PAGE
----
By now you know how to use Google to search for a flight, look up a definition, or solve a simple math problem. But what if you want to do a search comparison or want information from a certain time period? Here we bring you 10 tips and tricks for searching Google like a pro.
Google Squared Searching for a comparison chart on a certain topic? Try using Google Squared for a collection of information. For instance, try searching Google Squared for “roller coasters” to see a chart of the top 20 tallest roller coasters, or check out chart of hurricanes for images, descriptions, and damage estimates of recent hurricanes.
Wonder Wheel Not quite sure what you’re looking for? Google’s Wonder Wheel gives another way of looking at the related searches near what you’re looking for.
Located in the left-hand sidebar, Wonder Wheel produces a circular chart with searches that other people have done recently that are related to yours.
Search history Need to find something you have found on Google before? Try searching your own Google search history. Sign into your Google account and enable web history.
Run your searches and then visit http://www.google.com/history to see your search history and revisit previous searches. Search history also syncs to your mobile device.
Google Voice Search Google Voice Search lets you speak your search queries into your mobile device while on the go. Google Voice Search app is available on iPhone, BlackBerry, and Nokia S60 V3 phones. If you have an Android phone, search for the “Voice Search” app in Android Market.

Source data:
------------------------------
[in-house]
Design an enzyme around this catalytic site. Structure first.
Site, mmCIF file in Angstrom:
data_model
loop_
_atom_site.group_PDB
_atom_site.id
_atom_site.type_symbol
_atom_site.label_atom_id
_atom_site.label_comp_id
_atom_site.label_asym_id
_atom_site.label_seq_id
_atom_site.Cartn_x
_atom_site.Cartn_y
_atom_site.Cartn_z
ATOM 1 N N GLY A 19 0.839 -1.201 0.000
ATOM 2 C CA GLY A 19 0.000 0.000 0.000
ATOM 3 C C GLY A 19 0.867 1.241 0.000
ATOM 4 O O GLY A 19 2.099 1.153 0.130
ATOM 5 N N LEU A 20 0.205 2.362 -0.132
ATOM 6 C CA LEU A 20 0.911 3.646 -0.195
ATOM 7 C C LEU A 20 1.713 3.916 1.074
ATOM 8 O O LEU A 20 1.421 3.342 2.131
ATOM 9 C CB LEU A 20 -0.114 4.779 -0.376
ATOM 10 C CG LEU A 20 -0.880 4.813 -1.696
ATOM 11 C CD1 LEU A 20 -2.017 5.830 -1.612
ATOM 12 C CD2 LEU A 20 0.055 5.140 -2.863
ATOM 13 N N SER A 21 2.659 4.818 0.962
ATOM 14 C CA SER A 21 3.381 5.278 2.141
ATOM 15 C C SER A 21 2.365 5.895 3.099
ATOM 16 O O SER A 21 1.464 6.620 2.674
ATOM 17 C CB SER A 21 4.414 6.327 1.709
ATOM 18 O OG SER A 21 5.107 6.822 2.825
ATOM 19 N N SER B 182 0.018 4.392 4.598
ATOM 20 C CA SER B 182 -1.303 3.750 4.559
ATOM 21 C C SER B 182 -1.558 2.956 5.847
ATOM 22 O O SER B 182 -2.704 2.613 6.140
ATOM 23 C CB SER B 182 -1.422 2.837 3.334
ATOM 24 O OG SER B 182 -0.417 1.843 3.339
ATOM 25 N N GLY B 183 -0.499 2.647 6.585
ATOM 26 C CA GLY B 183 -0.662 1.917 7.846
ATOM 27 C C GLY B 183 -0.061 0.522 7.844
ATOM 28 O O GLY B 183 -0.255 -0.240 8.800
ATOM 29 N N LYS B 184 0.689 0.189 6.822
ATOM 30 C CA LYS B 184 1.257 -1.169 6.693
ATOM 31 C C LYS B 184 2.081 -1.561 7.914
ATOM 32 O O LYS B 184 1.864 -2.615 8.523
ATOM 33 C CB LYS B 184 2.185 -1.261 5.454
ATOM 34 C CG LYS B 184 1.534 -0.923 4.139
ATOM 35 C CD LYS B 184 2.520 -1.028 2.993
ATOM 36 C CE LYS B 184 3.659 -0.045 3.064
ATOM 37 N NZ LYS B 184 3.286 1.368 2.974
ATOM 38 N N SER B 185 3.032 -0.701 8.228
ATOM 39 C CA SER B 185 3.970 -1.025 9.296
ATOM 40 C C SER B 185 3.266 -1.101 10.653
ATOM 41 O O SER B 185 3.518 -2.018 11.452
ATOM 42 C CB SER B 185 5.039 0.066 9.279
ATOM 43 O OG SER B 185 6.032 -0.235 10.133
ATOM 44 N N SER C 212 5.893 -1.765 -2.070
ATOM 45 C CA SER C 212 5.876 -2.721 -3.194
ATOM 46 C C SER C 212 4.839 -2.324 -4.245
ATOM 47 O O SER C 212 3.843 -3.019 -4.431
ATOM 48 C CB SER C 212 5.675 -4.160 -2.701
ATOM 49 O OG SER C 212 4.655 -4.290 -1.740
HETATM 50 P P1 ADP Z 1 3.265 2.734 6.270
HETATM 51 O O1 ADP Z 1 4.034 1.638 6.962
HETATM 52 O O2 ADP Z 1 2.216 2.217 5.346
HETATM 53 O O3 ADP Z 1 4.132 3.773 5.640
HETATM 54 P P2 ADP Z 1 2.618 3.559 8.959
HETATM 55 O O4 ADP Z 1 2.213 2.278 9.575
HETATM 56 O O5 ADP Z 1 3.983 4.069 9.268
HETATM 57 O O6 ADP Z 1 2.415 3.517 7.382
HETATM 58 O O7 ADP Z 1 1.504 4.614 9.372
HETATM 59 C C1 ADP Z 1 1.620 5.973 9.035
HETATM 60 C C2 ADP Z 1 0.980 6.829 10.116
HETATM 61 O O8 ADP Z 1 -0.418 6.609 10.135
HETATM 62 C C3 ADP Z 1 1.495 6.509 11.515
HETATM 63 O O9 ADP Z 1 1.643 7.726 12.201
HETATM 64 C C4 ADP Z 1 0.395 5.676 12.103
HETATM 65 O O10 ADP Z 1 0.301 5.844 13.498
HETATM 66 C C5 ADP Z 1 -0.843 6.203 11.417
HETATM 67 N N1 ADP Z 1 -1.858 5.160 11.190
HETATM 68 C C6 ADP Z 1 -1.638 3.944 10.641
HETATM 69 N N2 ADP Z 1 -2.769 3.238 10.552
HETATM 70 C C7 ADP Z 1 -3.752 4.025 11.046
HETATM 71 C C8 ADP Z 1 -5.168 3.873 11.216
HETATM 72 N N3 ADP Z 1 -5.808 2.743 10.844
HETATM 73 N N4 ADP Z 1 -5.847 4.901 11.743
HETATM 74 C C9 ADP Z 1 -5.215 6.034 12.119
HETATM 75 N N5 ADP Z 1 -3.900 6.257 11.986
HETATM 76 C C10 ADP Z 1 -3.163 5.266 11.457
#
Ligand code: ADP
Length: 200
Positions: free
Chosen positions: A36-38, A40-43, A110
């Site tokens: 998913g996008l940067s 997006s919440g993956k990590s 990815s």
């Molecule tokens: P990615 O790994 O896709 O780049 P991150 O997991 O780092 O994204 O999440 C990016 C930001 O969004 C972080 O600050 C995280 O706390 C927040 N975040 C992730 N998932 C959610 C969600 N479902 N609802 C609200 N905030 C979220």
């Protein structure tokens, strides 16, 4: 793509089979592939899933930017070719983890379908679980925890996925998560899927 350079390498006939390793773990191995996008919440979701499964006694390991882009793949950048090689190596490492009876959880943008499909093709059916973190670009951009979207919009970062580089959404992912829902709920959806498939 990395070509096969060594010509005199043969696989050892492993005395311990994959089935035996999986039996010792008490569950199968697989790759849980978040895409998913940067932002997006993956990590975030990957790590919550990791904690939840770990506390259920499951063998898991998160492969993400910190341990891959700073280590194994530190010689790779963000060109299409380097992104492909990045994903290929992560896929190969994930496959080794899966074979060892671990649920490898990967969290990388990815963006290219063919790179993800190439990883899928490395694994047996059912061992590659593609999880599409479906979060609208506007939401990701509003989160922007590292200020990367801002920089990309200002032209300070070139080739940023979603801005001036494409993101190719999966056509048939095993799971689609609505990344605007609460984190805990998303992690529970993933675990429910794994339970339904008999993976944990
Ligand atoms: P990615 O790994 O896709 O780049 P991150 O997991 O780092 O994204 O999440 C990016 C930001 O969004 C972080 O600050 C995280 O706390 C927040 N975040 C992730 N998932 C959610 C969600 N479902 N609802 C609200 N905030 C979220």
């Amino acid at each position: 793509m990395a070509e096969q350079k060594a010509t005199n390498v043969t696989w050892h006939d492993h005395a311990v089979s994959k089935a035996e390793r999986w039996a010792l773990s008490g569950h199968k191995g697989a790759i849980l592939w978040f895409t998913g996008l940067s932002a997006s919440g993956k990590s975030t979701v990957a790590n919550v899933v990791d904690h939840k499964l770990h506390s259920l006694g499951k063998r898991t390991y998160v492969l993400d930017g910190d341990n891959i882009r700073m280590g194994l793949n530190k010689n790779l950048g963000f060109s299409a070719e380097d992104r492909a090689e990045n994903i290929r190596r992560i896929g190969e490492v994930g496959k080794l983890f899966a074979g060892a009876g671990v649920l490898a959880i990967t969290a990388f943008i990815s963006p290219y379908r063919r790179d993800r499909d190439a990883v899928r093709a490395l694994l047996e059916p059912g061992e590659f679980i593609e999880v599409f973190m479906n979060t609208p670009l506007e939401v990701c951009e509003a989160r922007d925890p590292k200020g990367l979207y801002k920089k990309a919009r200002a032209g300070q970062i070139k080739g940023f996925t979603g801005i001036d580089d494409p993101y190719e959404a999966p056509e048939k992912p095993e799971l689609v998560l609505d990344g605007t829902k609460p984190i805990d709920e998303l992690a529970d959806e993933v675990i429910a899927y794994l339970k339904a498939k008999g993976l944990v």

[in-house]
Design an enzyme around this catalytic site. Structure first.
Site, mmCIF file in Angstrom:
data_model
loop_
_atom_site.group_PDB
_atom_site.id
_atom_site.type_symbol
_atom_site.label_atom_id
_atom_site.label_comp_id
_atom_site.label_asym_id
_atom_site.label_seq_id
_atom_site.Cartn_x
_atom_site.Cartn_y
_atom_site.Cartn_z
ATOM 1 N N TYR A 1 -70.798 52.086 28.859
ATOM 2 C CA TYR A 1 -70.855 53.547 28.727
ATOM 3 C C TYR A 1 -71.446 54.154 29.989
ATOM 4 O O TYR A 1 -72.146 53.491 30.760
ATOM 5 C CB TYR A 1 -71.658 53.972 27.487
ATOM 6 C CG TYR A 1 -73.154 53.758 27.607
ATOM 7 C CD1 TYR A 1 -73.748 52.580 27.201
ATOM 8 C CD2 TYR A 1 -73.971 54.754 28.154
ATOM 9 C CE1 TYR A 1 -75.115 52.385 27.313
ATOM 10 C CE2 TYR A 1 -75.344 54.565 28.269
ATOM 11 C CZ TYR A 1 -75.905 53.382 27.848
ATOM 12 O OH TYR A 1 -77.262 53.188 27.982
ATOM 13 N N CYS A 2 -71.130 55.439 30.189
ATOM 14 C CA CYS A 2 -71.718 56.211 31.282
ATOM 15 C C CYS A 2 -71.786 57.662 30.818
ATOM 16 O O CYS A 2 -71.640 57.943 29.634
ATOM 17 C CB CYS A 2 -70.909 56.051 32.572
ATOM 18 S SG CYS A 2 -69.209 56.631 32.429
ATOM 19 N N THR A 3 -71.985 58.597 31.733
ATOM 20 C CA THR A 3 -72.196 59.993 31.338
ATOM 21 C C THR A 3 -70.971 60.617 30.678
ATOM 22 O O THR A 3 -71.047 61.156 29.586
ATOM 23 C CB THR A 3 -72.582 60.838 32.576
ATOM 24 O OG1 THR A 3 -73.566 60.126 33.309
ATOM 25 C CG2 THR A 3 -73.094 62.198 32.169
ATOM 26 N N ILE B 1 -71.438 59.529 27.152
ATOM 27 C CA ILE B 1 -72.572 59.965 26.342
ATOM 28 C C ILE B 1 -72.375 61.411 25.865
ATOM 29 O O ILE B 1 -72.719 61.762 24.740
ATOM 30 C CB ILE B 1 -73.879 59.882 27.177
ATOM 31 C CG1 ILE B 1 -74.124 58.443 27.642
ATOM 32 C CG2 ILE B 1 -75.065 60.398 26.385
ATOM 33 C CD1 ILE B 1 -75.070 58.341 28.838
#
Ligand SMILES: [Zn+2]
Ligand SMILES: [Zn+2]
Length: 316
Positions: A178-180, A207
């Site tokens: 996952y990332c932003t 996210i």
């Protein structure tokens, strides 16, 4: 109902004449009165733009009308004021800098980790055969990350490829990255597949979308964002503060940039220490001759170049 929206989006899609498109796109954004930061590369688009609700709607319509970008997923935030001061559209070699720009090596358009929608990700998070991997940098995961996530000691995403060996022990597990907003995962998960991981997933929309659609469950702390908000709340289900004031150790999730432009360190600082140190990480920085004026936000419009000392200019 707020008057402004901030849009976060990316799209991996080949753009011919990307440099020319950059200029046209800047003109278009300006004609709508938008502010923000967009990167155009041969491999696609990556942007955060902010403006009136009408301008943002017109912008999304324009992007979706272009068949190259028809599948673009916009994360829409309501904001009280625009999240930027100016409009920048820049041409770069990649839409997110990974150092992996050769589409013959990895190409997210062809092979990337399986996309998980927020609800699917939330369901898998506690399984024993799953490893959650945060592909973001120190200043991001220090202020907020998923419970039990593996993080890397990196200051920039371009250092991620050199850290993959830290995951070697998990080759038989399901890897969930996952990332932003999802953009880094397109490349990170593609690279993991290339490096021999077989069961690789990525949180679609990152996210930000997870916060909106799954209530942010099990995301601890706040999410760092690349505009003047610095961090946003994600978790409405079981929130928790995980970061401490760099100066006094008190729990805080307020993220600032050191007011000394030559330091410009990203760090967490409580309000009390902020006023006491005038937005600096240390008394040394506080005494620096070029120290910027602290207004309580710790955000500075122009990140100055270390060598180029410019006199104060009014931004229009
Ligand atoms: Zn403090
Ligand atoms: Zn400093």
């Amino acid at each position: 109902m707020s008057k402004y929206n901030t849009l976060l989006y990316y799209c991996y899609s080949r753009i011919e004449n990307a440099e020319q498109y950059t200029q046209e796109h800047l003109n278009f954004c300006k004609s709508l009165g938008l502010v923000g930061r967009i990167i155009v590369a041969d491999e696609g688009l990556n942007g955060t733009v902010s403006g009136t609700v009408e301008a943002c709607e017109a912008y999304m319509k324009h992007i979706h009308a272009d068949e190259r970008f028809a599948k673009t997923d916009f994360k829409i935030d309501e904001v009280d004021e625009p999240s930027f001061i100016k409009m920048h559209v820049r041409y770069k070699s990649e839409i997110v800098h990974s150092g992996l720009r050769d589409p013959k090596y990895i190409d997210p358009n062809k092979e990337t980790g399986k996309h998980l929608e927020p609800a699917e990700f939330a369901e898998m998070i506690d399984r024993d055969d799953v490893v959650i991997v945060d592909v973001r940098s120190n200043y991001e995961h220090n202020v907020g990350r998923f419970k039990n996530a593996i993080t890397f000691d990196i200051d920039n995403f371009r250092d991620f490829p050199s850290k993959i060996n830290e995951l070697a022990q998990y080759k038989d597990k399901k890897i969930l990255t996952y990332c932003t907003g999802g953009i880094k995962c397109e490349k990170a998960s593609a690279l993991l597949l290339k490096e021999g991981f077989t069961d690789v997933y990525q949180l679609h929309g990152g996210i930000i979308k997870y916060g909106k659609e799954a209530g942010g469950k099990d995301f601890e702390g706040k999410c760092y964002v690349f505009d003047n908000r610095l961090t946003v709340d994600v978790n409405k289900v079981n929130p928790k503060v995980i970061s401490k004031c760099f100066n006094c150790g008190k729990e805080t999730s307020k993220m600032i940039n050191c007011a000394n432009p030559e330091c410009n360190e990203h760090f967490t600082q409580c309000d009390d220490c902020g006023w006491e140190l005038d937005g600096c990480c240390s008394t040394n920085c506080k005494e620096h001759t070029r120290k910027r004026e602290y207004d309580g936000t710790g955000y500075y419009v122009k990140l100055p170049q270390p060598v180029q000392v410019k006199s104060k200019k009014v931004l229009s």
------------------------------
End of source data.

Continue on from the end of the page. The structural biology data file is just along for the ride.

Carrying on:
Timeline For those who want info from a certain time period, Timeline option is a sure shot help. Located in the left-hand toolbar, the feature lets you zoom in on any time range and see news pulled from assorted sources, including books, news, and web pages. Searching for the Anglo-French Wars, for instance, brings up a timeline that runs from 1600-2010, stepping down into individual years, then months.
Google Images Want to filter your results in Google Images. Try searching for a word that could be found in a range of images, such as names like heather or raven or cliff. Towards the bottom of the left-hand sidebar in Google Images, you will find a dedicated option to only clip art, photos, or line drawings.
Searching filesTrying to find a particular type of file? Google doesn’t only look for HTML. Type what you’re looking for and then add ‘filetype:tag’ on the end. For instance, ‘filetype:doc’ will only results with those types of file. This search supports PDF, Microsoft Office formats, Shockwave Flash and so.
Google Suggest To compare different Google Suggest results side-by-side, go to http://hint.fm/seer/ to get a visual comparison of two search prefixes. Though not a Google product, Web Seer was built by two Googlers and gives interesting insight into Google results.
Search in the URL If you know there’s a specific string of letters or words in the URLs of pages you are looking for, you can use “inurl” to find them.
For example, many websites with public webcams have URLs that contain “view/view.shtml”. So search for inurl:view/view.shtml and your search results will display the URLs for webcams around the world.
Searching websites You can search a wide variety of sites by inserting > before the type of site you want to search. For example, [penguins site:>.edu] searches for penguins across all .edu sites. [crater image site:>nasa.gov] searches for crater images across nasa.gov.